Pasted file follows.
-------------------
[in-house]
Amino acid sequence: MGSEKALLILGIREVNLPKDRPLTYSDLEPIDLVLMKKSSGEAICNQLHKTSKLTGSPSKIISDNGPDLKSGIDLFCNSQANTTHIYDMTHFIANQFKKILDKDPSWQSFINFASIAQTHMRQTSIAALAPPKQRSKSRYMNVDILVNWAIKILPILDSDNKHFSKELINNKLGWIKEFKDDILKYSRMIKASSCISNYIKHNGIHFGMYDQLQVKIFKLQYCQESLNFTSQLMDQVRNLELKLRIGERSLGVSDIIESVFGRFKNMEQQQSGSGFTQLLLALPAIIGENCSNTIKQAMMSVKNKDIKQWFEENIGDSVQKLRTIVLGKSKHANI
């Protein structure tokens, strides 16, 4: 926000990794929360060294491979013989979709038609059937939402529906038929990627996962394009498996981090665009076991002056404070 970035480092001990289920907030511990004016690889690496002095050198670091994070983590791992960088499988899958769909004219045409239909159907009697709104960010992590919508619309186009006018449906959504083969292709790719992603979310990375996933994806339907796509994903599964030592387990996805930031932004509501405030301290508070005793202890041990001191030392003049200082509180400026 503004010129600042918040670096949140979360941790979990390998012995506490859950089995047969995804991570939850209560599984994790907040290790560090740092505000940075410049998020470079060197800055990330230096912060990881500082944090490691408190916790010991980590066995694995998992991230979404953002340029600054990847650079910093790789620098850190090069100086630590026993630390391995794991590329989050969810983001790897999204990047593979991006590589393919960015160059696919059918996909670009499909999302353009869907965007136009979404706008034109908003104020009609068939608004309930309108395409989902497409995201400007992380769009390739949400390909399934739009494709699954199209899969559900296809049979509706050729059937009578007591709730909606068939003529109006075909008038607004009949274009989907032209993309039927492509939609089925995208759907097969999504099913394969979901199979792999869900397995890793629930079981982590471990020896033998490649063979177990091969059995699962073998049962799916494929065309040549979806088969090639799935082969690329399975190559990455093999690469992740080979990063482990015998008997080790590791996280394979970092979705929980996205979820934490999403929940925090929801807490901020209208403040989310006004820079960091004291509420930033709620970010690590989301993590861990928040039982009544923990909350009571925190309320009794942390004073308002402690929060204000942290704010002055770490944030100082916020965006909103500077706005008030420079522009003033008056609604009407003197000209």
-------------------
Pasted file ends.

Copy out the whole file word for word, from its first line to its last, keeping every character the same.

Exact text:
[in-house]
Amino acid sequence: MGSEKALLILGIREVNLPKDRPLTYSDLEPIDLVLMKKSSGEAICNQLHKTSKLTGSPSKIISDNGPDLKSGIDLFCNSQANTTHIYDMTHFIANQFKKILDKDPSWQSFINFASIAQTHMRQTSIAALAPPKQRSKSRYMNVDILVNWAIKILPILDSDNKHFSKELINNKLGWIKEFKDDILKYSRMIKASSCISNYIKHNGIHFGMYDQLQVKIFKLQYCQESLNFTSQLMDQVRNLELKLRIGERSLGVSDIIESVFGRFKNMEQQQSGSGFTQLLLALPAIIGENCSNTIKQAMMSVKNKDIKQWFEENIGDSVQKLRTIVLGKSKHANI
């Protein structure tokens, strides 16, 4: 926000990794929360060294491979013989979709038609059937939402529906038929990627996962394009498996981090665009076991002056404070 970035480092001990289920907030511990004016690889690496002095050198670091994070983590791992960088499988899958769909004219045409239909159907009697709104960010992590919508619309186009006018449906959504083969292709790719992603979310990375996933994806339907796509994903599964030592387990996805930031932004509501405030301290508070005793202890041990001191030392003049200082509180400026 503004010129600042918040670096949140979360941790979990390998012995506490859950089995047969995804991570939850209560599984994790907040290790560090740092505000940075410049998020470079060197800055990330230096912060990881500082944090490691408190916790010991980590066995694995998992991230979404953002340029600054990847650079910093790789620098850190090069100086630590026993630390391995794991590329989050969810983001790897999204990047593979991006590589393919960015160059696919059918996909670009499909999302353009869907965007136009979404706008034109908003104020009609068939608004309930309108395409989902497409995201400007992380769009390739949400390909399934739009494709699954199209899969559900296809049979509706050729059937009578007591709730909606068939003529109006075909008038607004009949274009989907032209993309039927492509939609089925995208759907097969999504099913394969979901199979792999869900397995890793629930079981982590471990020896033998490649063979177990091969059995699962073998049962799916494929065309040549979806088969090639799935082969690329399975190559990455093999690469992740080979990063482990015998008997080790590791996280394979970092979705929980996205979820934490999403929940925090929801807490901020209208403040989310006004820079960091004291509420930033709620970010690590989301993590861990928040039982009544923990909350009571925190309320009794942390004073308002402690929060204000942290704010002055770490944030100082916020965006909103500077706005008030420079522009003033008056609604009407003197000209």